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CWM: A Model-based Architecture For Data Warehouse Interchange

By Doug Tolbert
Unisys Corporation

A presentation given at WESAS 2000 in UC Irvine, Calif. May 8.

  Presentation slides: CWM Short Presentation [924 KB, PowerPoint-file]
 

The diversity of operational data sources and target data warehouse engines has made the construction and maintenance of data warehouses challenging. Source and target data engines may differ not only semantically (i.e., their core data models) but also infrastructurally (i.e., the operational details of how data is extracted and imported). 

The absence of common, sharable descriptions for the structure of both data sources and target data warehouse engines has meant that data warehousing tool vendors must address the interchange of data in a pairwise fashion (Figure 1). 

The combinatorics of the situation aggravate the already substantial semantic and infrastructure problems faced by tools that must cross data engine boundaries and have limited deployment and use of data warehouses in organizations with diverse assortments of source and target data engines. Even where data warehouses have been successfully deployed, keeping them synchronized with operational data sources remains a labor-intensive, pairwise process. 

Furthermore, the flipside of this situation i.e., support for "drilldown" discovery of the operational origin of warehouse data remains a pairwise metadata analysis problem.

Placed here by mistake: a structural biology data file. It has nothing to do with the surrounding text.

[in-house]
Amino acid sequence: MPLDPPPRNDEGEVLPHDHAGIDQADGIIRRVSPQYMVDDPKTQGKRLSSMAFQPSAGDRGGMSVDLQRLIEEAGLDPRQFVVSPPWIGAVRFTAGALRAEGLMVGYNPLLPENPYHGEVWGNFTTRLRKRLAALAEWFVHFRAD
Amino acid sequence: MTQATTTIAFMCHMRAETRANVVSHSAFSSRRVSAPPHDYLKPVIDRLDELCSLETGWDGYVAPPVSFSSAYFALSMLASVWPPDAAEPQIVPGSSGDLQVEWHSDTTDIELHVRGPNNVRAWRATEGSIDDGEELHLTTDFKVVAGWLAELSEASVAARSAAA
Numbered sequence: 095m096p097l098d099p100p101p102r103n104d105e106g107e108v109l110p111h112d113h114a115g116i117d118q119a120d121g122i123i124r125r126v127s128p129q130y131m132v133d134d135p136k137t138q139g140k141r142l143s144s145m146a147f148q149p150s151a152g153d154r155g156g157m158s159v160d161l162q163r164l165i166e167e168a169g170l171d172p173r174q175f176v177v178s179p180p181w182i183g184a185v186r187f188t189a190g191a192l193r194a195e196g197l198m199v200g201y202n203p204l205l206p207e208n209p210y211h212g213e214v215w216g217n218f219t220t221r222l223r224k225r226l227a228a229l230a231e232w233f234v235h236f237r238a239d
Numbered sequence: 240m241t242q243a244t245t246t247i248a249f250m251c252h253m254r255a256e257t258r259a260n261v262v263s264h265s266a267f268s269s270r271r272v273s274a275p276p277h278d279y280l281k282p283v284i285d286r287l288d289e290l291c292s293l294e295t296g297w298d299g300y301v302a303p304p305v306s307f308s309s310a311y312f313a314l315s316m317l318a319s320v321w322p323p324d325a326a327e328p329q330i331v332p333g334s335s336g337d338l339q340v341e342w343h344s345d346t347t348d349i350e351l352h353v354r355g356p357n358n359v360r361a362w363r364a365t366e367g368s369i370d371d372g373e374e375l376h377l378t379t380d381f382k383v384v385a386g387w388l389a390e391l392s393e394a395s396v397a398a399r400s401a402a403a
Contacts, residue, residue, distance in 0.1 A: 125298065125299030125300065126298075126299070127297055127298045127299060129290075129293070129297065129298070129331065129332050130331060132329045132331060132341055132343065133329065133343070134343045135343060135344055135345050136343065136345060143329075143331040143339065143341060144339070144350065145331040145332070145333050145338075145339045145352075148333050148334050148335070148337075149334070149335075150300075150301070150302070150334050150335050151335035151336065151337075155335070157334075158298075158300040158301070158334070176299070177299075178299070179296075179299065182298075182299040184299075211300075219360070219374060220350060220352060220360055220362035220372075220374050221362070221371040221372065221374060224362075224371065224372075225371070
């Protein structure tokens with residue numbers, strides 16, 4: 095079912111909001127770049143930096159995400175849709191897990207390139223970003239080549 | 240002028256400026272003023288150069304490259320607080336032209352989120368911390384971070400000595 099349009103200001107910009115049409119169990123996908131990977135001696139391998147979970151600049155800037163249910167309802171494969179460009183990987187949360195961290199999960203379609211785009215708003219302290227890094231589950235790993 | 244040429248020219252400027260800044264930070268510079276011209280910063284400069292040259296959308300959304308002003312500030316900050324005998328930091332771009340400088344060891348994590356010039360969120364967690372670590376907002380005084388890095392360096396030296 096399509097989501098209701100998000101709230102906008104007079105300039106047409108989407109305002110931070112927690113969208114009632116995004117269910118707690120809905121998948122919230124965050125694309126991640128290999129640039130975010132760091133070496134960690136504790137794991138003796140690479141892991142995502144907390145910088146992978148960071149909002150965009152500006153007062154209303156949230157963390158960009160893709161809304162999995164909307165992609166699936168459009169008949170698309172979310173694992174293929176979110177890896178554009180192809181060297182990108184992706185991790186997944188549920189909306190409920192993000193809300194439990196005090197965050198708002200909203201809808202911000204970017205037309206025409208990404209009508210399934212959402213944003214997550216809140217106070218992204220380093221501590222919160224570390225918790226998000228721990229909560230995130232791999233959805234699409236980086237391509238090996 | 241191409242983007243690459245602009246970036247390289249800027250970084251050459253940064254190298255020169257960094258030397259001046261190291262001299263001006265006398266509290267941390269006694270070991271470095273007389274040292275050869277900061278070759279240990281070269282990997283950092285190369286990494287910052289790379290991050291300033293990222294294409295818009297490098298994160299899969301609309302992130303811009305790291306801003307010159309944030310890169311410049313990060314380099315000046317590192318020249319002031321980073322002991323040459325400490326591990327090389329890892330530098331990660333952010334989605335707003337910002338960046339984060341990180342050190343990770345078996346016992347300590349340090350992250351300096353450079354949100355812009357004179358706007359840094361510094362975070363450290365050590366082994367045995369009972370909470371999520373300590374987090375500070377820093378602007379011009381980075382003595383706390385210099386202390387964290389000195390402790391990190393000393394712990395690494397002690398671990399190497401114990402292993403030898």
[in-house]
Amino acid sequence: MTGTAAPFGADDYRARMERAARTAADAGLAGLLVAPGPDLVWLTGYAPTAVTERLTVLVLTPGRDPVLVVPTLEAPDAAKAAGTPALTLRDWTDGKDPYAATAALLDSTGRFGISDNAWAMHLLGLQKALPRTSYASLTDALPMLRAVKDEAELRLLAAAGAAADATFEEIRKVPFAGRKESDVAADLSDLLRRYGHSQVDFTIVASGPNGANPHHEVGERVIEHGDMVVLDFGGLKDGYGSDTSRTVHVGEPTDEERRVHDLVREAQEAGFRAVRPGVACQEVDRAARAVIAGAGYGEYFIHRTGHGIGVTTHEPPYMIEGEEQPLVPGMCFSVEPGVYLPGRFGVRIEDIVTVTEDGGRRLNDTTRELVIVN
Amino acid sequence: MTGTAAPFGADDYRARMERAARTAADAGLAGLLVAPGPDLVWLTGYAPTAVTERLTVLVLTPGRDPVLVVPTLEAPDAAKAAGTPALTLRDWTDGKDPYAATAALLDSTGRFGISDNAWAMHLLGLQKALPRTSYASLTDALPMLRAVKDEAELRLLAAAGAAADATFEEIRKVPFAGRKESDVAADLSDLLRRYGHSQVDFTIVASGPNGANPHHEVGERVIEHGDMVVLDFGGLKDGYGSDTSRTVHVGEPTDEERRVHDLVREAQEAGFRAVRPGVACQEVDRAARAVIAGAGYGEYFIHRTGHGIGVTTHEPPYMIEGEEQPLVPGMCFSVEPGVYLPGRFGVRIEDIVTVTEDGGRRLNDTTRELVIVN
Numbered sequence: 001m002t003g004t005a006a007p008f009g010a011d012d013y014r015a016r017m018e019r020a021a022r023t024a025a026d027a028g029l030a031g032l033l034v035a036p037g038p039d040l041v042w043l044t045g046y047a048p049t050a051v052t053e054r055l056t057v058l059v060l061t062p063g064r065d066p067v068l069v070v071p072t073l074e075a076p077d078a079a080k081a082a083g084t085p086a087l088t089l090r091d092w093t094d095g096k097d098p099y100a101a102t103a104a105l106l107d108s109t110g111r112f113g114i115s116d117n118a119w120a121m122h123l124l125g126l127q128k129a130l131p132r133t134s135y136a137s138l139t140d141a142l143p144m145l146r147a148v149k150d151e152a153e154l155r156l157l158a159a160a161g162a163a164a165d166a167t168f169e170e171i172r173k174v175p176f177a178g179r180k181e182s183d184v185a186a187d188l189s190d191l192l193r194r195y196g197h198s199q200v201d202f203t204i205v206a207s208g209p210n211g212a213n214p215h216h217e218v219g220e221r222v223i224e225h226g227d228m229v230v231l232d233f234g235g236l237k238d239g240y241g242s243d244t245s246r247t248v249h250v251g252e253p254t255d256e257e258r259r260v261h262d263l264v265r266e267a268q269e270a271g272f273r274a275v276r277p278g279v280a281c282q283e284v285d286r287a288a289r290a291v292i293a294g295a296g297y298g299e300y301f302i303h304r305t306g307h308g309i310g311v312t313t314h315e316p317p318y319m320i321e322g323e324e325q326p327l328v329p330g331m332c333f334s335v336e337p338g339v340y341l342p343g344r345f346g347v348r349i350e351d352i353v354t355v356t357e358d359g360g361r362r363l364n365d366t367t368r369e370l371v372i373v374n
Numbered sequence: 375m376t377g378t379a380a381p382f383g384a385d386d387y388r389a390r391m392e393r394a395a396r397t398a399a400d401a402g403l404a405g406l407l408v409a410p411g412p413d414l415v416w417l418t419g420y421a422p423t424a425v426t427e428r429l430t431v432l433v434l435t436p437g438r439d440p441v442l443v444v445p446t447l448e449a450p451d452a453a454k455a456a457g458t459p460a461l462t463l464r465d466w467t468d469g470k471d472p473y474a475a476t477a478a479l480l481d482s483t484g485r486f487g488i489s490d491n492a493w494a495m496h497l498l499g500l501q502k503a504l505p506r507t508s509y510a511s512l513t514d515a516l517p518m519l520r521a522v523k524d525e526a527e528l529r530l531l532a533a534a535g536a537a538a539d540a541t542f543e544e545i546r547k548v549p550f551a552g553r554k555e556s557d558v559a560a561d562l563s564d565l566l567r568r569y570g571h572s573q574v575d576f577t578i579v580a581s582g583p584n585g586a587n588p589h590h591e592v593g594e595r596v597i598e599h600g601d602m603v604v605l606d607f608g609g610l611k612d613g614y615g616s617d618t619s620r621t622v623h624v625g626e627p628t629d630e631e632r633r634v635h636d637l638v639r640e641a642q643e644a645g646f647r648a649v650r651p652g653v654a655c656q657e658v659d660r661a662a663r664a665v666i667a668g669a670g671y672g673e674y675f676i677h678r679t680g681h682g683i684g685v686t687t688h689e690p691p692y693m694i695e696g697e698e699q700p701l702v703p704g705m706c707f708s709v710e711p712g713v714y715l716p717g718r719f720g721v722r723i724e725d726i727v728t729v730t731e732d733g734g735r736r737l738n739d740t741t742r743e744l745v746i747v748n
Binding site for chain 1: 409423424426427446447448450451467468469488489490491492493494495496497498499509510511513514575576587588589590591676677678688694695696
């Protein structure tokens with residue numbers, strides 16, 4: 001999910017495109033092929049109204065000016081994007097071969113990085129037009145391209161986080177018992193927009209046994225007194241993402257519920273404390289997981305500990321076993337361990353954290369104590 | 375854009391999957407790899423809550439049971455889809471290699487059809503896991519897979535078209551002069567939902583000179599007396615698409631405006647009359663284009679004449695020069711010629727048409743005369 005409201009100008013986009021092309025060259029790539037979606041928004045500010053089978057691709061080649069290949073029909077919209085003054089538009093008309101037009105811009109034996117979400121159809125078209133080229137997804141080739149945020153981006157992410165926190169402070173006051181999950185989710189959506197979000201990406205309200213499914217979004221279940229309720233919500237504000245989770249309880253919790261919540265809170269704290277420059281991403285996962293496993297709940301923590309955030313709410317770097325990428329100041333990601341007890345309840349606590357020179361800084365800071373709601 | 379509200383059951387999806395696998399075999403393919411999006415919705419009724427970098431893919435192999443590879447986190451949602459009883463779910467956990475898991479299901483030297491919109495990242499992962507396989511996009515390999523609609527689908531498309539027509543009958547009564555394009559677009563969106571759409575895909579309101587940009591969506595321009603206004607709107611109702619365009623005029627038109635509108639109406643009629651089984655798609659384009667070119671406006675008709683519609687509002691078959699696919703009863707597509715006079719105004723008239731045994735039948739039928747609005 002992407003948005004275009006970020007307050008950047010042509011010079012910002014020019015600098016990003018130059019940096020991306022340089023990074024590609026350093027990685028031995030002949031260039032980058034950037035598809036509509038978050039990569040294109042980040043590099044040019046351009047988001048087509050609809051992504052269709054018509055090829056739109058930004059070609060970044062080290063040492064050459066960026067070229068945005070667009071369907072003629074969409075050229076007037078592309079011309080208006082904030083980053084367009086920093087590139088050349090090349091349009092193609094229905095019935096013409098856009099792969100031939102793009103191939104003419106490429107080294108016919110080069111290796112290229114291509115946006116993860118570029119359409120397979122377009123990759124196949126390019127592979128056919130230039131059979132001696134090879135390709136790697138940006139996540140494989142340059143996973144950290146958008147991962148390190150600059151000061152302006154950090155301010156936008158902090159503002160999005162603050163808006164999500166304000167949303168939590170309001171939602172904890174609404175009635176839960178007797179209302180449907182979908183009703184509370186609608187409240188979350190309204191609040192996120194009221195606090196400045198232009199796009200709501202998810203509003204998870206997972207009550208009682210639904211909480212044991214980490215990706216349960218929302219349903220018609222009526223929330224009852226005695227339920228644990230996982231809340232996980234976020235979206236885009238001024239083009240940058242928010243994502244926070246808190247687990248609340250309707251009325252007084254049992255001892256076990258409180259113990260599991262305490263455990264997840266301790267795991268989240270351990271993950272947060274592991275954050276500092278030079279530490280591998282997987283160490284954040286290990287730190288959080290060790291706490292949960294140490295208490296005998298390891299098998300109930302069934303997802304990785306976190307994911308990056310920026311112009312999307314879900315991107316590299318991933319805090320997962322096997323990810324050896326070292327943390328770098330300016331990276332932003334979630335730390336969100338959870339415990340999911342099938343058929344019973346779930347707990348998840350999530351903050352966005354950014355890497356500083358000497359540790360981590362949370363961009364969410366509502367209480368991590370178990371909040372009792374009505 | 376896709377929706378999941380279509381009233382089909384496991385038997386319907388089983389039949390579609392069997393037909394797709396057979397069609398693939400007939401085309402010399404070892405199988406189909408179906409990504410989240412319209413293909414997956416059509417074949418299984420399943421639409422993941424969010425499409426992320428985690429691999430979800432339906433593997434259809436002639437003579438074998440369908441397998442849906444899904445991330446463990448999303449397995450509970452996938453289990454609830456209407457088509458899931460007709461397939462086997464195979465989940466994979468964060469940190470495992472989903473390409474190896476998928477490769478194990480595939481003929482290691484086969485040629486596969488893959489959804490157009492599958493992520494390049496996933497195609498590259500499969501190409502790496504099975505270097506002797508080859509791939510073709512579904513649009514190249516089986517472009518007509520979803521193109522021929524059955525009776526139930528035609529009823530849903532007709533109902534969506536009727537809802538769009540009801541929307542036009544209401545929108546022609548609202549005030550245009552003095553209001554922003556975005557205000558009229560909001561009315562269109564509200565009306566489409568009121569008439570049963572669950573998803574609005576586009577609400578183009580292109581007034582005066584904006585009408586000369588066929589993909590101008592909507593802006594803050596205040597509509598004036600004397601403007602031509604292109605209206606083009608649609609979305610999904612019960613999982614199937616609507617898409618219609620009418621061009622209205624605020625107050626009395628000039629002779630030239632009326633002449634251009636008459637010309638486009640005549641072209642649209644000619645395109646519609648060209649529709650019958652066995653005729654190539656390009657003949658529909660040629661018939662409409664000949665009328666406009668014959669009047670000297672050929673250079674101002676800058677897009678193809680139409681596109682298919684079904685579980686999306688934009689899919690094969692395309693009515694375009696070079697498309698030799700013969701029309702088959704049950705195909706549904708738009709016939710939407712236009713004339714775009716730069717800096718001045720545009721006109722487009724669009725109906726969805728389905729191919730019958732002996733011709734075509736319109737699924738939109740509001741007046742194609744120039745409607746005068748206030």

Fortunately, recent support for model-based software architectures in multi-vendor industry organizations offers hope that the pairwise combinatorics of these data warehousing tool scenarios can be reduced to something closer to the "hub" configuration in Figure 1 a substantial savings even when the number of operational data sources and warehouse targets is as low as 3!

In such configurations, data warehouse deployment and maintenance tools interface with a shared store containing metadata about the structure of various operational data sources and target data warehouses as well as descriptions of the transformations required to move data between them. Suitably designed tools can then use the metadata and transformations to orchestrate the extraction of data from operational sources and its transformation into forms appropriate for import into target data warehouse stores. In addition, the metadata and transformations in the common model store can be traversed in the opposite direction (i.e., from target to source) to support drilldown discovery of the origins of warehouse data. 

Besides reducing the number of semantic connections with which data warehousing tools must contend, such model-based architectures modernize data warehouse applications by making them more compliant with a "component/connector" architecture in which the tools are the components and the shared model store serves as the connector.

The Common Warehouse Metamodel (CWM) specification recently adopted by the Object Management Group (OMG) is an important milestone on the way to fully model-based architectures supporting data warehouse interchange. The CWM is based on OMG? Meta Object Facility (MOF) specification and employs OMG? XML Metadata Interchange (XMI) specification to interchange CWM-resident metadata between MOF-compliant repositories. 

The CWM metamodel is described in OMG? Unified Modeling Language (UML) and can be thought of as an extension specializing UML for data warehousing applications. To emphasize the importance of multi-vendor interchange, the CWM was developed as a single submission by eight co-submitting vendor and user-community companies (including IBM, NCR, Oracle, Hyperion, UBS, and Unisys) and supported by seven other companies (including HP, Sun, Hitachi, and John Deere). The CWM specification is available from the OMG? web site at http://www.omg.org.